If medical marijuana were legal in all 50 states and if marijuana were used to treat just nine conditions for which it has shown to be effective, the pharmaceutical industry would have lost $4.41 billion in 2016 and that total could rise to $4.86 billion by 2019.
According to a report from analytics firm New Frontier Data, the eight conditions for which cannabis is an effective treatment generated $168.34 billion in sales for the pharmaceutical industry last year. These conditions were identified in a report from the National Academies of Sciences as chronic pain, post-traumatic stress disorder (PTSD), sleep disorders, anxiety, epilepsy, nerve pain, chemotherapy-induced nausea and vomiting, Tourette's Syndrome, and glaucoma. The three on which Americans spent the most last year were chronic pain ($14.3 billion), PTSD ($10.6 billion), and sleep disorders ($6.13 billion).
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The report is based on research reported last February from the University of Georgia that showed Medicare spending on opioid painkillers like OxyContin, Hydrocodone, and Fentanyl could have been reduced by $220 million if medical marijuana were legal in all 50 states. Total savings would amount to around 11% of Medicare costs for opioids.
New Frontier Data used that 11% figure to extrapolate from the total spending on prescriptions for the nine conditions for which cannabis may be substituted. The Cannabist has a table that shows the potential impact on prescription medication for each condition for the years 2016 through 2019.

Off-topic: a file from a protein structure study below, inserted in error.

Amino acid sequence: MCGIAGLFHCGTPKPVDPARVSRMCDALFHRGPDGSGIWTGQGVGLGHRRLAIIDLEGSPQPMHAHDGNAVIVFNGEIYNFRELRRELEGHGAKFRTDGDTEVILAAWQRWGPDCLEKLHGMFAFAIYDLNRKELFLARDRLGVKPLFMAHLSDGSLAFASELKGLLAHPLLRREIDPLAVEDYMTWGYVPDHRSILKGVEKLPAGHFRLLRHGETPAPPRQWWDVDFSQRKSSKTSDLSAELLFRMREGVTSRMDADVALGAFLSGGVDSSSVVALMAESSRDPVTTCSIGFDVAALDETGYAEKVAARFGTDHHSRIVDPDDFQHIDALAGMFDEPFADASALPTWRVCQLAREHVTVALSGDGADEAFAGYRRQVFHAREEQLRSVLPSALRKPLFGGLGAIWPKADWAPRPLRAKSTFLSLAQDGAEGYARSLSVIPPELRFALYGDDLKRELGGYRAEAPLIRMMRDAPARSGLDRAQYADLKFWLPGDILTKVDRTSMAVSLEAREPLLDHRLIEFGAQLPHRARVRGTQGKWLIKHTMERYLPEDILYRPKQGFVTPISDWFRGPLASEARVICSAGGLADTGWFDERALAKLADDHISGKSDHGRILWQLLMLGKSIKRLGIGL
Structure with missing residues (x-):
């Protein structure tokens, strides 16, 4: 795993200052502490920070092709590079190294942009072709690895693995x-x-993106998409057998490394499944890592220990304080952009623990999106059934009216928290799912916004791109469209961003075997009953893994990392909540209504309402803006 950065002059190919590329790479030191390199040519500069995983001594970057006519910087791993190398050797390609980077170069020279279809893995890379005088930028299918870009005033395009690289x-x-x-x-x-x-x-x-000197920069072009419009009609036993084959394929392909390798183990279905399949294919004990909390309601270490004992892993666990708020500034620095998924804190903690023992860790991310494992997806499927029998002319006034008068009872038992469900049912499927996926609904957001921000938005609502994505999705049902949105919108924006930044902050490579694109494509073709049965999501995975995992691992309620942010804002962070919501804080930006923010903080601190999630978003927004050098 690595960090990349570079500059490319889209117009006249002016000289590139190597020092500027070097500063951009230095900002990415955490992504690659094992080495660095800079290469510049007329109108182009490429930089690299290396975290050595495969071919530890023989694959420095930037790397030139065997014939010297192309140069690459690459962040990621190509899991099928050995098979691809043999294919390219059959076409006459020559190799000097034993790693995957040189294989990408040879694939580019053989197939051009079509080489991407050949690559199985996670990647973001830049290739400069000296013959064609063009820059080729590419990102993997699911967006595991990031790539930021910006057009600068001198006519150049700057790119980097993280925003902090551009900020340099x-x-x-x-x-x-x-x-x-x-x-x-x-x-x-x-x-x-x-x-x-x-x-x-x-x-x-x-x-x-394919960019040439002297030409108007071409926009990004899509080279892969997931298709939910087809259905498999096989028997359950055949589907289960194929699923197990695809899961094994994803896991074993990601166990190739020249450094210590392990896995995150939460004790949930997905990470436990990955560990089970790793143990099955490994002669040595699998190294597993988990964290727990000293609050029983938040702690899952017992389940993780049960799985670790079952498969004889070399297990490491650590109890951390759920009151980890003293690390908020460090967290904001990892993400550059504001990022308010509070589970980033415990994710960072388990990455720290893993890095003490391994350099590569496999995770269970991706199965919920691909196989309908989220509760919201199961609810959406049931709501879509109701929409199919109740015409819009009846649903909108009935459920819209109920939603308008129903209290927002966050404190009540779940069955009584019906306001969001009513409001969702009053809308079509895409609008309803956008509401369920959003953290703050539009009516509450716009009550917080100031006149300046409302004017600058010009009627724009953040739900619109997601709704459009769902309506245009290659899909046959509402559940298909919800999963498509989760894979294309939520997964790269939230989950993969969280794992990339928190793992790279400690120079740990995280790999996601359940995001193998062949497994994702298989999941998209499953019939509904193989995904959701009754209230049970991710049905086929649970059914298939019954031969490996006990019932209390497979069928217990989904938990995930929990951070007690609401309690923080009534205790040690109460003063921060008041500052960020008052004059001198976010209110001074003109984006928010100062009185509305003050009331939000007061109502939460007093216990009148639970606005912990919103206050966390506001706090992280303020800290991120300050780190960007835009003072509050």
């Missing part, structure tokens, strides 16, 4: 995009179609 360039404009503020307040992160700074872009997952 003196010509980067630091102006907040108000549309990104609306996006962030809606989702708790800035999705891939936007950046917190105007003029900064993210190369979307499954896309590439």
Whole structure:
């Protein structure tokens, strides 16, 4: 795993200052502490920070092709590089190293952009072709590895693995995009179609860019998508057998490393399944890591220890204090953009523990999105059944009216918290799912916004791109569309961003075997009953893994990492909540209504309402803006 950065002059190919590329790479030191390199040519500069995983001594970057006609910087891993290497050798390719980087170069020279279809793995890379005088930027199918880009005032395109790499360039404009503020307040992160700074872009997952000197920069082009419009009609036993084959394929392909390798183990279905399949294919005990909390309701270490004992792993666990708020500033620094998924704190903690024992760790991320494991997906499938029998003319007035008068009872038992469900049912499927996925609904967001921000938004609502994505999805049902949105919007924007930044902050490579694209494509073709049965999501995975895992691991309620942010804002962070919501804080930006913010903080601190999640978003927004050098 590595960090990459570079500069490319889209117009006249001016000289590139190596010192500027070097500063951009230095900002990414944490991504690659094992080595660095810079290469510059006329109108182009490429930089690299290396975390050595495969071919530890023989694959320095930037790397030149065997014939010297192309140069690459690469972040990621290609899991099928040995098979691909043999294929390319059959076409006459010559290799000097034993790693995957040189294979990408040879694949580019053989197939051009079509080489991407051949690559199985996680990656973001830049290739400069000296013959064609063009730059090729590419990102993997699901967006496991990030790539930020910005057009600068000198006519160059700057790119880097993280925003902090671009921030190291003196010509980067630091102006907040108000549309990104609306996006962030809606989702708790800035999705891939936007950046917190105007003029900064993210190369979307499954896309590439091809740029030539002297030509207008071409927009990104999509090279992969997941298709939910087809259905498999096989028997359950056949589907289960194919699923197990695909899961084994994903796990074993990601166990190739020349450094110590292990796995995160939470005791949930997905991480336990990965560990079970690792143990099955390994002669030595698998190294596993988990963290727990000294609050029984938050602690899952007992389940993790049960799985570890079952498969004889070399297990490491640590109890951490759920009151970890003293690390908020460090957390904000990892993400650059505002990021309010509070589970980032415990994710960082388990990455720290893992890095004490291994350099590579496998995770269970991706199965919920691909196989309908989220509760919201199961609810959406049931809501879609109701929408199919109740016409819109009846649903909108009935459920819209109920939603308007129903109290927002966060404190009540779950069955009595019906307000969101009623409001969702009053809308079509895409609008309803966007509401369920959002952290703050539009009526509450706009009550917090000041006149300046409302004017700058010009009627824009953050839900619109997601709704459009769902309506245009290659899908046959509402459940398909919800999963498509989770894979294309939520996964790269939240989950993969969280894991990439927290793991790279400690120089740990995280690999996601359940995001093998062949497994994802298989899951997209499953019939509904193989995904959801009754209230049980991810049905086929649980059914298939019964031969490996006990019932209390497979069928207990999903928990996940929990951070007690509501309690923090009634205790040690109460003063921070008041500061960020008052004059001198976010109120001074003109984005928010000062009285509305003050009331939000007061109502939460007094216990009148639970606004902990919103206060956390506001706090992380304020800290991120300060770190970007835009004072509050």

GW to File Cannabis Drug as Journal Confirms Epilepsy Success
GW Pharmaceuticals is set to file its cannabis-derived drug with U.S. regulators imminently, following publication of detailed data on its success in fighting severe childhood epilepsy.
GW first reported in March 2016 that Epidiolex cut monthly convulsive seizures by 39 percent in children with Dravet syndrome, but full results of the 120-patient study were only published in the New England Journal of Medicine on Wednesday.
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The journal article also showed that 5 percent of patients stopped having seizures altogether and 43 percent saw their seizures cut by half.
GW's medicine, which is given as a syrup, is a purified form of cannabidiol, one of the active ingredients found in marijuana. It contains less than 0.1 percent of tetrahydrocannabinol, the substance that makes people high.
Stephen Wright, GW's chief medical officer, said the company would submit its application to the Food and Drug Administration by mid-year, with a filing in Europe following a little later in 2017.
Read more at Reuters.
Regulations for Sale of Recreational Marijuana in Nevada Revealed
Now that Nevada has approved an early start to recreational cannabis sales, existing medical marijuana companies in the state are readying for a burst of new business that could equate to tens of millions of dollars in additional revenue this year.
With Las Vegas alone drawing 40 million-plus visitors in 2016, the overall recreational cannabis industry is set to take another big step forward.